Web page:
Palestinians stop work in support of prison hunger strikers
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Palestinians stop work in support of prison hunger strikers

Shops close throughout West Bank, East Jerusalem in general strike, which coincides with Trump visit

File: Israeli soldiers in a West Bank village, on May 22, 2017, in Dayr Sharaf, west of Nablus. (AFP Photo/Jaafar Ashtiyeh)
File: Israeli soldiers in a West Bank village, on May 22, 2017, in Dayr Sharaf, west of Nablus. (AFP Photo/Jaafar Ashtiyeh)

Palestinians were on Monday observing a general strike in solidarity with security prisoners refusing food in Israeli jails for more than a month over their conditions.

The strike paralyzed East Jerusalem as well as West Bank cities and suburbs, with shops closed and both public and private sector employees refusing to work, AFP correspondents said.

There were also sporadic clashes between Palestinian protesters and Israeli forces in the West Bank.

The labor action came in response to a call from the Palestinian striking prisoners’ support committee, a grassroots group.

The committee appealed for protests against Israeli military forces in the West Bank in support of the prisoners, who are behind bars for security offenses against Israel and its citizens.

It coincided with the arrival of US President Donald Trump in Israel ahead of a meeting with Palestinian Authority President Mahmoud Abbas on Tuesday.

Palestinian police forces were deployed at contact points in the city of El-Bireh close to the Beit El settlement, an AFP correspondent said.

Protesters hold Palestinian flags in solidarity with Palestinian prisoners who are on a hunger strike in Israeli jails, near the West Bank city of Nablus, May 16, 2017. (AP/Majdi Mohammed)
Protesters hold Palestinian flags in solidarity with Palestinian prisoners who are on a hunger strike in Israeli jails, near the West Bank city of Nablus, May 16, 2017. (AP/Majdi Mohammed)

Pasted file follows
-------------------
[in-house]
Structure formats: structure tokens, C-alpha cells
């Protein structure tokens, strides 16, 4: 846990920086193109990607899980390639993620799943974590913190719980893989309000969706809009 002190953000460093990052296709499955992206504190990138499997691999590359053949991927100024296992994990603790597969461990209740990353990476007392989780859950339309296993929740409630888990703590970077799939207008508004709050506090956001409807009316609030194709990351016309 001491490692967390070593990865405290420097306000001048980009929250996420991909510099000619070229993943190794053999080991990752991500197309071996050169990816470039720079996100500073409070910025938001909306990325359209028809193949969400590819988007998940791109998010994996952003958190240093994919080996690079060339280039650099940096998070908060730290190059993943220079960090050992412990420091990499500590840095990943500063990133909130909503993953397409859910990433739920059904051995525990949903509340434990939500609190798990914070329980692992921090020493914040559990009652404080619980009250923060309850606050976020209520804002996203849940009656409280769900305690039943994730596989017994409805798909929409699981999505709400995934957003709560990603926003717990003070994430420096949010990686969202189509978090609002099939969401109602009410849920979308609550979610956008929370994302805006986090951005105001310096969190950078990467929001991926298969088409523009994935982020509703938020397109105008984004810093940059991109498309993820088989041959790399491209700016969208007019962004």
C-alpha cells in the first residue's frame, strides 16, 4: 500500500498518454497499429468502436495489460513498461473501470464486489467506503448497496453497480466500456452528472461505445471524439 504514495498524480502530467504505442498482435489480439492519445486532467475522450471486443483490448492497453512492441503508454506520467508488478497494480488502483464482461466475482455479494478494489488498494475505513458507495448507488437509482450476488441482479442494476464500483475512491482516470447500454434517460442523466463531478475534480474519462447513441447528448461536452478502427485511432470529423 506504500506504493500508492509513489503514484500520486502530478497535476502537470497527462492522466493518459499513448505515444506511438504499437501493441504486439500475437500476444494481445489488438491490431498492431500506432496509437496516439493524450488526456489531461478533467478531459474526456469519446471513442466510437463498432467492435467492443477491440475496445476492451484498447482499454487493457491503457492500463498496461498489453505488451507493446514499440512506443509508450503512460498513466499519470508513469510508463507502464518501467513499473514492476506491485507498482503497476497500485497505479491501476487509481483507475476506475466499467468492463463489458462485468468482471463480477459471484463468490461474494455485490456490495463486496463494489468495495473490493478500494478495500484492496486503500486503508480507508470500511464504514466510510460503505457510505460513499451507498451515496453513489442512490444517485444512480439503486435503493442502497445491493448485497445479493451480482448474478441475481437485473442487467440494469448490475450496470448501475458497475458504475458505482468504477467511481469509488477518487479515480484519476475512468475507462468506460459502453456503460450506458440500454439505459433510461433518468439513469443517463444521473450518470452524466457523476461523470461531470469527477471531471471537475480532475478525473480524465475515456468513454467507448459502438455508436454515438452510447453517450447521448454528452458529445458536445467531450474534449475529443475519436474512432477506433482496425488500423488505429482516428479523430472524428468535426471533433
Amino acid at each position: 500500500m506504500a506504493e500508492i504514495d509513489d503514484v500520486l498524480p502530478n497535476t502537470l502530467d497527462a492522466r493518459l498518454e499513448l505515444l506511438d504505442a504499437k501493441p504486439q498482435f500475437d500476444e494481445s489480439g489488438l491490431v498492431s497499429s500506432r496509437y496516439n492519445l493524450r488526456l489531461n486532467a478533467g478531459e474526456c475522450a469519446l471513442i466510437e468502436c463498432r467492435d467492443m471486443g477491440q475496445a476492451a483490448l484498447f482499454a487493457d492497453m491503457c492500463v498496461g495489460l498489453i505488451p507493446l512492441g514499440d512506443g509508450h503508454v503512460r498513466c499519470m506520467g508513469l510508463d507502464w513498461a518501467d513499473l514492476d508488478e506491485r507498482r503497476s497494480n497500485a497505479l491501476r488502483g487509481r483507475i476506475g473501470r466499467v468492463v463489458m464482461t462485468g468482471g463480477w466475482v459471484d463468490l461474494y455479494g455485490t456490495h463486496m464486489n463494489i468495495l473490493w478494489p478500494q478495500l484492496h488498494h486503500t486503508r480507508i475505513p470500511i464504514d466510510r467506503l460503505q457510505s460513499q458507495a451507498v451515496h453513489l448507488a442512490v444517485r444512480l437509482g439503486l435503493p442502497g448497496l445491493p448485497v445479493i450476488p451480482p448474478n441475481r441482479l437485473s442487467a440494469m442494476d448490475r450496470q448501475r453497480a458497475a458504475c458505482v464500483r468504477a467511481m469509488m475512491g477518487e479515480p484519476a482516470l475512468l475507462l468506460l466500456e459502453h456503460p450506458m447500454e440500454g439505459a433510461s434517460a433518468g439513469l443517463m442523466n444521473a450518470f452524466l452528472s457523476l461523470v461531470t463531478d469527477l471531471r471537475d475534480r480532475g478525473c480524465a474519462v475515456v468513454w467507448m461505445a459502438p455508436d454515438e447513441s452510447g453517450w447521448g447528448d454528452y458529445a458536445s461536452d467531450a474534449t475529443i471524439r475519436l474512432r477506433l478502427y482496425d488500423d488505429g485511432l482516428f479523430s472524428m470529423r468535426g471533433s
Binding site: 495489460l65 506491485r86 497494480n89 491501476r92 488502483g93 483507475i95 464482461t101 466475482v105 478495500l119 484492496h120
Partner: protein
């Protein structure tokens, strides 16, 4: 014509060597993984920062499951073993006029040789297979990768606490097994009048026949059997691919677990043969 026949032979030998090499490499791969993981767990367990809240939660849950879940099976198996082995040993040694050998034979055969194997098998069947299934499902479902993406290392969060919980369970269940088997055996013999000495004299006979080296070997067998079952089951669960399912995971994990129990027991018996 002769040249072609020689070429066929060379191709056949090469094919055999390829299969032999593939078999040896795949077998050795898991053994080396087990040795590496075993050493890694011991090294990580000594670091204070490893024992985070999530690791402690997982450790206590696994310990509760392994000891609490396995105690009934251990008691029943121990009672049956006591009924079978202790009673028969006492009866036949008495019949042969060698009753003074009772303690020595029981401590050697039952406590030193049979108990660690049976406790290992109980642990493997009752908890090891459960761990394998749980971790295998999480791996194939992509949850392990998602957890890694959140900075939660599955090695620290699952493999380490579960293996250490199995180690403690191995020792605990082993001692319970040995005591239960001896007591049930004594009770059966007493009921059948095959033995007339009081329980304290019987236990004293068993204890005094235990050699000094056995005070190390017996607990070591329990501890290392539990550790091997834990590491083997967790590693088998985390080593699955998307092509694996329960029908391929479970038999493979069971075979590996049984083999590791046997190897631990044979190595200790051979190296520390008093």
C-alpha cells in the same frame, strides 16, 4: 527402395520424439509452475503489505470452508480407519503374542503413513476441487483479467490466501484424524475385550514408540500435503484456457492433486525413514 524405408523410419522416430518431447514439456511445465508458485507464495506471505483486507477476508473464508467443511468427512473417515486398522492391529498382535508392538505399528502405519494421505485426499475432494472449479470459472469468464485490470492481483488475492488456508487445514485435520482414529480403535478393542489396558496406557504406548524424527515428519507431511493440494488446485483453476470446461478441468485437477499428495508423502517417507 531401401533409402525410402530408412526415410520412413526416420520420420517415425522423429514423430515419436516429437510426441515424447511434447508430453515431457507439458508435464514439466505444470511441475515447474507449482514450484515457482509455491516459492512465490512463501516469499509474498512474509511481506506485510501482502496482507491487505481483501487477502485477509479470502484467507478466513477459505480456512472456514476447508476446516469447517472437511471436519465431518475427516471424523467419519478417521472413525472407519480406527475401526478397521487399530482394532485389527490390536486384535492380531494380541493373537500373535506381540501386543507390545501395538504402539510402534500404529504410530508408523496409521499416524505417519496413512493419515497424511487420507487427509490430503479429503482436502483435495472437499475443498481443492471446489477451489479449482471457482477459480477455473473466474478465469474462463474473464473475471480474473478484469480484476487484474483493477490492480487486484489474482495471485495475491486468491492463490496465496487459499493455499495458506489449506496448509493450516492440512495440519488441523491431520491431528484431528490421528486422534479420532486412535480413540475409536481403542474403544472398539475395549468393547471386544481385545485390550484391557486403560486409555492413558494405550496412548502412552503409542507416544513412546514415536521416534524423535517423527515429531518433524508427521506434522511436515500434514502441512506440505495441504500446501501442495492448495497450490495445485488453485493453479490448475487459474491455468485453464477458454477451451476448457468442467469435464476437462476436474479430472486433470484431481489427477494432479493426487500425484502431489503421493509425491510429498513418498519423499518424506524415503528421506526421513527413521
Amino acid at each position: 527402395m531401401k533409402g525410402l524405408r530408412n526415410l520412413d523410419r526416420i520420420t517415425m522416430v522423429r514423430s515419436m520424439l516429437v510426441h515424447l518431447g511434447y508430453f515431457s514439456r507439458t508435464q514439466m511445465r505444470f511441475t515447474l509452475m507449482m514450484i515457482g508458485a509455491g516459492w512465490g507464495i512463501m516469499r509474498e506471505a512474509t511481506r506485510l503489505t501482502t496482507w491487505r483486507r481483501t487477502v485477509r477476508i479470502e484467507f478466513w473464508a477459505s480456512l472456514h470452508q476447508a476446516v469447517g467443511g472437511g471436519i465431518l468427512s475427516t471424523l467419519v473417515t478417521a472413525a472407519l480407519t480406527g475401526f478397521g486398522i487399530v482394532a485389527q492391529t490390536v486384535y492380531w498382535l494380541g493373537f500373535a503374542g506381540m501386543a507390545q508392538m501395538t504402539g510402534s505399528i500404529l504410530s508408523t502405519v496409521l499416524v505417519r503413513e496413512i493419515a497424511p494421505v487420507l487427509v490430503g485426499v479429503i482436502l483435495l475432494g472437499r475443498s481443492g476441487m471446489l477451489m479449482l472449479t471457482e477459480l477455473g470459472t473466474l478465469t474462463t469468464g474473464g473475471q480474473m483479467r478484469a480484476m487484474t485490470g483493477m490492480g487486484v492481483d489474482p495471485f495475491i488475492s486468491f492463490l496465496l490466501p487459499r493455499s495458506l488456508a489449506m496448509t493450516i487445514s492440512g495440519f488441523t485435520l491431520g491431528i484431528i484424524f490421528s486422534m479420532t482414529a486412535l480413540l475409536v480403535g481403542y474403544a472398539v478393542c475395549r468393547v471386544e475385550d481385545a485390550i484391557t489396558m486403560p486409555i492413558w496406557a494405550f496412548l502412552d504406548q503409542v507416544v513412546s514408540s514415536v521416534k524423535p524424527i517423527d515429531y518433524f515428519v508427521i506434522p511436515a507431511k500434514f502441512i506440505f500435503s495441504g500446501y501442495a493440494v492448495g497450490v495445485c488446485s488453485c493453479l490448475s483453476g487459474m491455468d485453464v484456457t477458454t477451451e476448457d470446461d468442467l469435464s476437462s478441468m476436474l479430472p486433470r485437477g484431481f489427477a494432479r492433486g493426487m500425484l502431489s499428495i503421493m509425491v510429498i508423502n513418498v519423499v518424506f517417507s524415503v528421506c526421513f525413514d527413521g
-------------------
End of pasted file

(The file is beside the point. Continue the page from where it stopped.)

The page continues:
Israel announced a series of measures to support the Palestinian economy and ease transportation woes ahead of Trump’s visit, which were welcomed by the US administration as “encouraging.”

Monday’s strike was held in solidarity with about 1,000 Palestinian prisoners in Israeli jails who have been fasting since April 17 over demands for improved conditions.

Hamas and other Palestinian factions also issued an ultimatum to Israel this week that if the prisoners’ demands for improved conditions are not met by Saturday then another 800 prisoners will join those who are already fasting.

Palestinians say some 1,600 inmates have kept up the fast since mid April, but Israel says the number has dropped to around 850. About 20 inmates were transferred to a medical wing over their deteriorating conditions Sunday, according to Channel 2 news.

Some strikers, who have been subsisting on salt water, have begun refusing to drink that as well in recent days, according to supporters.

A series of protests in support of them have been held in the West Bank and Gaza Strip, with two Palestinians killed and dozens of others wounded in clashes between rioters and Israeli security forces or civilians.

The prisoners, jailed for offenses linked to the Israeli-Palestinian conflict, seek better conditions, including 20 TV channels, unrestricted books and magazines, air conditioning, a greater selection of items available for purchase in the canteen, family visits, the restarting of open university studies, public telephone use, and annual medical checks for prisoners.

Israel says prisoners’ conditions meet all international standards. Reported efforts to negotiate an end to the strike have failed thus far.

The hunger strike was being led by Marwan Barghouti — a widely supported Palestinian politician who is serving five life terms for orchestrating deadly terror attacks during the Second Intifada.

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